Relevancy relates to quality, but it does not imply it. The search engines' ultimate goal is to deliver quality results. Up till now, the best available method was to check content for relevancy. Page ranking was the ultimate solution for determining relevancy (and hoping for quality). But now that there are more data available via the information generated by Web 2.0, search engines will ultimately develop judgments based on more accurate methods. Take for example: When a home buyer is searching for a real estate term in a particular market, the consumer hopes to get not only related content, but content produced by "good quality" author. That is, a good sales person, with the quality of such: intelligence, emphaty and aggressiveness. The basis of the future relationship is an client-agent relationship. Consumer wants to find an agent who can represent his or her interest the best. Using a search engine to find related content, locate and trust the author, project this trust of authority into trust of professionalism is the mean, not the goal. Consumer's ultimate goal is to have the best real estate business process provided by the agent.  How can a search engine tell who is a good sales person, just by analyzing the relevancy of the content produced by the real estate agent. Certainly not with Page Ranking alone. Just because a lot of other real estate professionals link to this particular one may imply intelligence, but not emphaty and aggressiveness, which are also required for a successful sales process. On the other hand, if a search engine can relate content relevancy with consumer generated information (how many consumer bookmarked a particular blog with a particular set of related tags), social networking relationship (how many "friends", "admirer", "connection" a particular agent has on different networks), we get closer to determining the overall quality of the content provided. I suspect that Yahoo's purchase of MyBlogLog relates to this new concept. While on the surface, MyBlogLog delivers a social networking service for blog and website owners and visitors, in the background, it is capable of generating additional classification information by tracking what sites a particular user is visiting. They have now another authoritative source for determining quality using the information about the behavior of the general public. Returning to a site over and over again implies similar relevancy to the classic page ranking by links, but extends the qualification from the authors to the browsing public. We will see many other social behaviors tracked for relevancy purposes in the near future.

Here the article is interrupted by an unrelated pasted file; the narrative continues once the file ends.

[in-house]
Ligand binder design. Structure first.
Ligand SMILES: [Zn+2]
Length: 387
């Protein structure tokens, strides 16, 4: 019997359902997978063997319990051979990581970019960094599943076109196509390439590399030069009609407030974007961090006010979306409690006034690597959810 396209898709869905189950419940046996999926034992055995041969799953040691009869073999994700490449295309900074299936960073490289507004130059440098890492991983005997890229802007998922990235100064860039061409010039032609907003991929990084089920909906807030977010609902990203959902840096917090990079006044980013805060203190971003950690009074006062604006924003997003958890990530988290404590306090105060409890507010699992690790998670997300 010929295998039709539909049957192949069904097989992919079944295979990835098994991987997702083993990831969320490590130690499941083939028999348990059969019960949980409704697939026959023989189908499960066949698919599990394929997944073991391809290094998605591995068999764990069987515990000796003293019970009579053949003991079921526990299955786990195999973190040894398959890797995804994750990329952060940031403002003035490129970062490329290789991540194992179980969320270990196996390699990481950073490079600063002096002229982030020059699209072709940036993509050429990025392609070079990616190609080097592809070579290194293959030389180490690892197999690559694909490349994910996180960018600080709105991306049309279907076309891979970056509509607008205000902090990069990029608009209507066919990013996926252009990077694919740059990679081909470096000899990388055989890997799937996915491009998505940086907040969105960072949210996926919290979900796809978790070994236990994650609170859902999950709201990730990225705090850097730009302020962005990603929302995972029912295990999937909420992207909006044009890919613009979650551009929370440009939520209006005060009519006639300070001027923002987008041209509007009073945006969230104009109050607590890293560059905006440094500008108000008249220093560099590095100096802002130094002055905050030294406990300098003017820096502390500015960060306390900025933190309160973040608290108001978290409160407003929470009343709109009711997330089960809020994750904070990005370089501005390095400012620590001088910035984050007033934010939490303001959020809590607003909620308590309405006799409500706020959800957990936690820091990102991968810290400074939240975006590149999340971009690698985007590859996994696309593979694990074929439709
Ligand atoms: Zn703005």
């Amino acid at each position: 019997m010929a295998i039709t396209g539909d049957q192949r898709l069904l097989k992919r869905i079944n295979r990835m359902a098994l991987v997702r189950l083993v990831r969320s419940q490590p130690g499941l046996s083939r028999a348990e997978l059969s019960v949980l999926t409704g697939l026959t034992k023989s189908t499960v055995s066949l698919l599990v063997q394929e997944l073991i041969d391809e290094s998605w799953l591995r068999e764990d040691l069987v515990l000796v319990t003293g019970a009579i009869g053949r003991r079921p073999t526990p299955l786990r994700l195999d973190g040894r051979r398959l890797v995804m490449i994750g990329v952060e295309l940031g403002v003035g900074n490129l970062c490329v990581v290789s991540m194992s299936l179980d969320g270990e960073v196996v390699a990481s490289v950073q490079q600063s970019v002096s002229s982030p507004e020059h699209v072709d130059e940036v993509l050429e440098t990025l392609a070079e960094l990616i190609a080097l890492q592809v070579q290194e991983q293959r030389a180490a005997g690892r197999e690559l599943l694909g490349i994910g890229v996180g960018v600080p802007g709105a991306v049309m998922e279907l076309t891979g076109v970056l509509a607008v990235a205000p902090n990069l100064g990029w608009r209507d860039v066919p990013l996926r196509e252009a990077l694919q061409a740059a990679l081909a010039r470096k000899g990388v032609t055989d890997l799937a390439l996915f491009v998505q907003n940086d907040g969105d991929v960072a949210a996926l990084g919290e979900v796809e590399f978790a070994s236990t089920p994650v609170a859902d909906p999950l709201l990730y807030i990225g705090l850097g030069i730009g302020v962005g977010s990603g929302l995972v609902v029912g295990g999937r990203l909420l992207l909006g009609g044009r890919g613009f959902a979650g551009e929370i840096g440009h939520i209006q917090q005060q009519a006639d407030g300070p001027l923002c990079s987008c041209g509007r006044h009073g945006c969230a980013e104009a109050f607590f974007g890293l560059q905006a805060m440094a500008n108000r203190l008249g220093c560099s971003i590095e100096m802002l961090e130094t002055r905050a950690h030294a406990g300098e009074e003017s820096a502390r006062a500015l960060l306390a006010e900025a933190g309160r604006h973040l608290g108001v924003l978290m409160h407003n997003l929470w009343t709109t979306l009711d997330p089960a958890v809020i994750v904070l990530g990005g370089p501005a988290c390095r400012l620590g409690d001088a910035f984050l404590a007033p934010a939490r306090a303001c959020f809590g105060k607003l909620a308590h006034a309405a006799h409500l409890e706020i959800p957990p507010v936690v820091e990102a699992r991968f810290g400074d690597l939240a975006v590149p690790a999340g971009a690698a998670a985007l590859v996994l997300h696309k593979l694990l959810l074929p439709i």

Third: Modern web applications are using more and more client technologies (i.e. AJAX, Flash etc.) vs. pure HTML content, which is traditionally non-indexable by search engines. There is lot of relevant information generated nowadays, which are simple left out from the search engines because of that. We, at RealBird, have to drop some of our user interface concepts just because we want to make sure, that maximum search engine exposure is provided for our clients, even when it effects our overall user experience and innovations. This is changing though. For example, GetClicky indicated that their log tracking system will support tracking AJAX interactions, which is not yet provided by any system as far as I know and I believe search engines are working on acquiring content from sources not queried before. Take for example all the geographic content provided on Ajax maps (Google, MS Virtual Earth, Yahoo, MapQuest). While they may be extremely relevant to a particular search term, they are simple ignored by search engines currently, due to the fact that they are not rendered as normal HTML markups, but rather created in the browsers memory on the fly. Another example: If you put a blogroll on your blog or website using server side technologies, (i.e. the links to the 3rd party blogs are rendered as regular HTML), you most likely get scores for it by Google as outgoing links. On the other hand if you use Google's own, Ajax based feed reader API, the very same links are rendered on the fly, and while users may see them and use those links just like in the server-side rendering scenario, they are completely invisible for search engine robots. The content, the relevancy, the quality is the same, but current search engines punish you for using modern technologies to deliver better user experience. This will obviously change. It has to.